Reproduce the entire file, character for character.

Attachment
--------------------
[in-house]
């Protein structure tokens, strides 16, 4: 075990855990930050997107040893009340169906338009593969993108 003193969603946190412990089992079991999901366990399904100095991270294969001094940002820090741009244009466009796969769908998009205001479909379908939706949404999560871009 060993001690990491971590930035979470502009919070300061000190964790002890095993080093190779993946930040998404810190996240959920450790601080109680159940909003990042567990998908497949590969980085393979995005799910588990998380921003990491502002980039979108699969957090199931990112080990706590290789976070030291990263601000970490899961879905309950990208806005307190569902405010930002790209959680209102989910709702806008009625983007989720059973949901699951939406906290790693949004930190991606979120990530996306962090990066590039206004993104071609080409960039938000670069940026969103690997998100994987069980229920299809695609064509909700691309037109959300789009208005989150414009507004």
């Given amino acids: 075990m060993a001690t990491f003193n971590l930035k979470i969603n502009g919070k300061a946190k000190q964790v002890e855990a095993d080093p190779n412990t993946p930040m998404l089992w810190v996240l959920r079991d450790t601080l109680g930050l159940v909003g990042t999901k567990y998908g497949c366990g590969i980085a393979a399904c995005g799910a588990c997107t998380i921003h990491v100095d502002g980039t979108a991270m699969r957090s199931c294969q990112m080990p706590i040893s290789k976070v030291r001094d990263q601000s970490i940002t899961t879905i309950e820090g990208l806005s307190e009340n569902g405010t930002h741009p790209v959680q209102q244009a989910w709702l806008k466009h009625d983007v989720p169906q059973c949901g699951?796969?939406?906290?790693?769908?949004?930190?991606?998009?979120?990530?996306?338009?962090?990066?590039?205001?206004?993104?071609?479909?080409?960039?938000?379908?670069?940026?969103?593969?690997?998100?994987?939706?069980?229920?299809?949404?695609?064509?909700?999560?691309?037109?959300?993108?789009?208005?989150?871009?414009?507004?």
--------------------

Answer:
[in-house]
């Protein structure tokens, strides 16, 4: 075990855990930050997107040893009340169906338009593969993108 003193969603946190412990089992079991999901366990399904100095991270294969001094940002820090741009244009466009796969769908998009205001479909379908939706949404999560871009 060993001690990491971590930035979470502009919070300061000190964790002890095993080093190779993946930040998404810190996240959920450790601080109680159940909003990042567990998908497949590969980085393979995005799910588990998380921003990491502002980039979108699969957090199931990112080990706590290789976070030291990263601000970490899961879905309950990208806005307190569902405010930002790209959680209102989910709702806008009625983007989720059973949901699951939406906290790693949004930190991606979120990530996306962090990066590039206004993104071609080409960039938000670069940026969103690997998100994987069980229920299809695609064509909700691309037109959300789009208005989150414009507004």
């Given amino acids: 075990m060993a001690t990491f003193n971590l930035k979470i969603n502009g919070k300061a946190k000190q964790v002890e855990a095993d080093p190779n412990t993946p930040m998404l089992w810190v996240l959920r079991d450790t601080l109680g930050l159940v909003g990042t999901k567990y998908g497949c366990g590969i980085a393979a399904c995005g799910a588990c997107t998380i921003h990491v100095d502002g980039t979108a991270m699969r957090s199931c294969q990112m080990p706590i040893s290789k976070v030291r001094d990263q601000s970490i940002t899961t879905i309950e820090g990208l806005s307190e009340n569902g405010t930002h741009p790209v959680q209102q244009a989910w709702l806008k466009h009625d983007v989720p169906q059973c949901g699951?796969?939406?906290?790693?769908?949004?930190?991606?998009?979120?990530?996306?338009?962090?990066?590039?205001?206004?993104?071609?479909?080409?960039?938000?379908?670069?940026?969103?593969?690997?998100?994987?939706?069980?229920?299809?949404?695609?064509?909700?999560?691309?037109?959300?993108?789009?208005?989150?871009?414009?507004?």